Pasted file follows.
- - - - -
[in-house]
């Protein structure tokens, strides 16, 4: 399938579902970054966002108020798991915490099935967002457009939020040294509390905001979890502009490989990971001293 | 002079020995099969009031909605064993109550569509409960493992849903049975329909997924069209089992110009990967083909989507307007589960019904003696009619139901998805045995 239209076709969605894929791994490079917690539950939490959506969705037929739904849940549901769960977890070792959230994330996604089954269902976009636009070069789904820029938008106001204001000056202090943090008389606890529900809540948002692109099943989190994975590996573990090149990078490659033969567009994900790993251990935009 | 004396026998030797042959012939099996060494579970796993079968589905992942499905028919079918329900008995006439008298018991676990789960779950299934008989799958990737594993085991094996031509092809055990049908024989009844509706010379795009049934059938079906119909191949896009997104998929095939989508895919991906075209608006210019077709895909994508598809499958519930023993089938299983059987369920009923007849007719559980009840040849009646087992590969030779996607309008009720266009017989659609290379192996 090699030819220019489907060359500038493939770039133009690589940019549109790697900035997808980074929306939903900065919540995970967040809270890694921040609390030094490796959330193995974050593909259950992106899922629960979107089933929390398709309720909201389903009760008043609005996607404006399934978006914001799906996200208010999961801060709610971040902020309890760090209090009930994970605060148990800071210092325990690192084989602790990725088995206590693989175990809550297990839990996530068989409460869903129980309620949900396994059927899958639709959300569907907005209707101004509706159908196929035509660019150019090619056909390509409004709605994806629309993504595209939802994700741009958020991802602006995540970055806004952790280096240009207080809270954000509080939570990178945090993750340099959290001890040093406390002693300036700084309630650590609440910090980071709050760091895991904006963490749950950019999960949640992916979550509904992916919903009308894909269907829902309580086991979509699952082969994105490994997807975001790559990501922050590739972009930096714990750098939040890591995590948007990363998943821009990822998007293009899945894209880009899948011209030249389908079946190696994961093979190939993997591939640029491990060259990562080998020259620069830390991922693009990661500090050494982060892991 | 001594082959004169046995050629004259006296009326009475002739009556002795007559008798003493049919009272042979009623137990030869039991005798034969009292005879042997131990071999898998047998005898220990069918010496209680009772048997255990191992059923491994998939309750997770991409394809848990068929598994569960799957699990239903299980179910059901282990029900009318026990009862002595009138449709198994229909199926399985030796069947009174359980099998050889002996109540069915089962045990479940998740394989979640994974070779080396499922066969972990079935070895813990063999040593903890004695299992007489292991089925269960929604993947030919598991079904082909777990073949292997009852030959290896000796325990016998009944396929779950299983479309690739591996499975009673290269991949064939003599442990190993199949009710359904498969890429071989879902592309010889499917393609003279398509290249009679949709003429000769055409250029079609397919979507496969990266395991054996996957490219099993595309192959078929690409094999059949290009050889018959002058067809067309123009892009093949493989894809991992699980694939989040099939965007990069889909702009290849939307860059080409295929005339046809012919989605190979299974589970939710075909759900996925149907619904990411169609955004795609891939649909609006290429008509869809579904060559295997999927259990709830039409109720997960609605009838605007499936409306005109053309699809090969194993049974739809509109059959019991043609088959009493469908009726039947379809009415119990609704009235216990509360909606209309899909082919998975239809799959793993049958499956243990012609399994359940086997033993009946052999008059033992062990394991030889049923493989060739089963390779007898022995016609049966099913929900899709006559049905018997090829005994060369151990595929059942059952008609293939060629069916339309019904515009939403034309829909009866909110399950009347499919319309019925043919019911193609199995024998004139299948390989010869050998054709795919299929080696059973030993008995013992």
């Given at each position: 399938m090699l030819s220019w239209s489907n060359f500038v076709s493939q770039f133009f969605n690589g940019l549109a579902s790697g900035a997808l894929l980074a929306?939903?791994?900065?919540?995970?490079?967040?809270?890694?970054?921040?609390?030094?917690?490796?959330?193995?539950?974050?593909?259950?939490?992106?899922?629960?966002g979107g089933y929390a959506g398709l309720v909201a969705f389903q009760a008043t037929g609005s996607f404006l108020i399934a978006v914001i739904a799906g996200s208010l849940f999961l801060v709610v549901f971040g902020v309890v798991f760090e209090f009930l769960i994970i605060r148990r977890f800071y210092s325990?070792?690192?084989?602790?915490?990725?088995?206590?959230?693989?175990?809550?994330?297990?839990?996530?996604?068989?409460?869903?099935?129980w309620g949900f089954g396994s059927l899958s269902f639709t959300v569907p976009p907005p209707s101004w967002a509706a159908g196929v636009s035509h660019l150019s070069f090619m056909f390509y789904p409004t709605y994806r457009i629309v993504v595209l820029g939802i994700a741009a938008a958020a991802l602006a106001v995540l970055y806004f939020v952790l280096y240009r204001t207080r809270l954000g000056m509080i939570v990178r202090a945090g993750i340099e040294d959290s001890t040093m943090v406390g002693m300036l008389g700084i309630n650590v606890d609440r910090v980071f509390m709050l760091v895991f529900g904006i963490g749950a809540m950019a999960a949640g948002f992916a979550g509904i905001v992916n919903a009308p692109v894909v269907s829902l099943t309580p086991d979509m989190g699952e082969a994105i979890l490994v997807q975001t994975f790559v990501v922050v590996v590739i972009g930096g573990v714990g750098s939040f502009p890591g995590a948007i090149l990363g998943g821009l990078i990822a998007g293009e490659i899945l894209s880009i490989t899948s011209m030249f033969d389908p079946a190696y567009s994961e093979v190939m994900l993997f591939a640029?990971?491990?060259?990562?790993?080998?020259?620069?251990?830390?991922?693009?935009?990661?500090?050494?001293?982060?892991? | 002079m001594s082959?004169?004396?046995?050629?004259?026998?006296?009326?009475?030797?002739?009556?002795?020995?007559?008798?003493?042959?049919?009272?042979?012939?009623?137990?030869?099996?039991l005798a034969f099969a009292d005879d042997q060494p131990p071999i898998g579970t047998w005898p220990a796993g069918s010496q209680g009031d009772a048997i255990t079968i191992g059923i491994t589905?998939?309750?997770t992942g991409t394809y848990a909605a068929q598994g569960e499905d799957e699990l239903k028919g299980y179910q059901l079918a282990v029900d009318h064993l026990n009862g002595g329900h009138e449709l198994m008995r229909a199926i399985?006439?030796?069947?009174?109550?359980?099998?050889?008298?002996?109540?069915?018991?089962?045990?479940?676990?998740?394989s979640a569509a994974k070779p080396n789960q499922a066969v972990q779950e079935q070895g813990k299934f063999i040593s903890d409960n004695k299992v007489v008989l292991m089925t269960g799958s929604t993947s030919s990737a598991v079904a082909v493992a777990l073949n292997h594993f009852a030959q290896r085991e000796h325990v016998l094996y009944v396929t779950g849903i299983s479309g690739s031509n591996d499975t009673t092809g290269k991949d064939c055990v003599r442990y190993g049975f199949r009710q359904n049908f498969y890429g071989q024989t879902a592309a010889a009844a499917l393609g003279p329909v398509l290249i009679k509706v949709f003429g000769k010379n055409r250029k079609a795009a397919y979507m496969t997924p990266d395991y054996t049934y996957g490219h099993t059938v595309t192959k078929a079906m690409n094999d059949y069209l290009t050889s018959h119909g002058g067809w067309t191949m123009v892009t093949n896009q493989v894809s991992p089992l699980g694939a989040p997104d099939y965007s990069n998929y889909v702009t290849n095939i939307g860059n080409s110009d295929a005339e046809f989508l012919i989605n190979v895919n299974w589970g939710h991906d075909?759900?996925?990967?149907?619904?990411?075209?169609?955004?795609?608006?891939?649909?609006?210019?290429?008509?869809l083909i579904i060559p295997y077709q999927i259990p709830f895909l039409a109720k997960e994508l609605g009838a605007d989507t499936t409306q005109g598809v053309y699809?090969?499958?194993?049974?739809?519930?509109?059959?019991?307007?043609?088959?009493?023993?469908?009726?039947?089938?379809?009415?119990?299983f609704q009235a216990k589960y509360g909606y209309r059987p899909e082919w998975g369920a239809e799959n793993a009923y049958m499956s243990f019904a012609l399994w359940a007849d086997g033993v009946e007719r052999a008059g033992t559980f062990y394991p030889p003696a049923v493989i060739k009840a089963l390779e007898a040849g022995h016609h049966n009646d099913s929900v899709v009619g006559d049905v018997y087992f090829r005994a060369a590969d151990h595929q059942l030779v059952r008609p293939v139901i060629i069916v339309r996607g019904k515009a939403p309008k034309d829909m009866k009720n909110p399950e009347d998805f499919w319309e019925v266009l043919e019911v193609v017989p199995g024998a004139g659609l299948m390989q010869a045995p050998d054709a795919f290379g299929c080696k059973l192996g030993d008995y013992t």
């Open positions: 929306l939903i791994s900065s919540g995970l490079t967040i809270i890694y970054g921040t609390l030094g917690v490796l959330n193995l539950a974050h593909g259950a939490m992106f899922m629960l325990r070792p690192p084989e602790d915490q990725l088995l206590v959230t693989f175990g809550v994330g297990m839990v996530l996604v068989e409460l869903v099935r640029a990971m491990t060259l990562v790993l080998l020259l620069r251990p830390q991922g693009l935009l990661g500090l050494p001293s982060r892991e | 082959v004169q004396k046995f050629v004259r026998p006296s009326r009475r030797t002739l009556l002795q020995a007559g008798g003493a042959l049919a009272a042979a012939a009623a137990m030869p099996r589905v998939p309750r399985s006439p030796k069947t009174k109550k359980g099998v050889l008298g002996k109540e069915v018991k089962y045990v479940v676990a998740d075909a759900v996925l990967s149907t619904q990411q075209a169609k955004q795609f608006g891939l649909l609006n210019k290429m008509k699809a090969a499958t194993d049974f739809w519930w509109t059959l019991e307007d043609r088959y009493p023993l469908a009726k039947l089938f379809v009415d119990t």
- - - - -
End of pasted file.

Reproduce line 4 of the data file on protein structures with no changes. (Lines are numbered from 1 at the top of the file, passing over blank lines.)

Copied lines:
């Open positions: 929306l939903i791994s900065s919540g995970l490079t967040i809270i890694y970054g921040t609390l030094g917690v490796l959330n193995l539950a974050h593909g259950a939490m992106f899922m629960l325990r070792p690192p084989e602790d915490q990725l088995l206590v959230t693989f175990g809550v994330g297990m839990v996530l996604v068989e409460l869903v099935r640029a990971m491990t060259l990562v790993l080998l020259l620069r251990p830390q991922g693009l935009l990661g500090l050494p001293s982060r892991e | 082959v004169q004396k046995f050629v004259r026998p006296s009326r009475r030797t002739l009556l002795q020995a007559g008798g003493a042959l049919a009272a042979a012939a009623a137990m030869p099996r589905v998939p309750r399985s006439p030796k069947t009174k109550k359980g099998v050889l008298g002996k109540e069915v018991k089962y045990v479940v676990a998740d075909a759900v996925l990967s149907t619904q990411q075209a169609k955004q795609f608006g891939l649909l609006n210019k290429m008509k699809a090969a499958t194993d049974f739809w519930w509109t059959l019991e307007d043609r088959y009493p023993l469908a009726k039947l089938f379809v009415d119990t």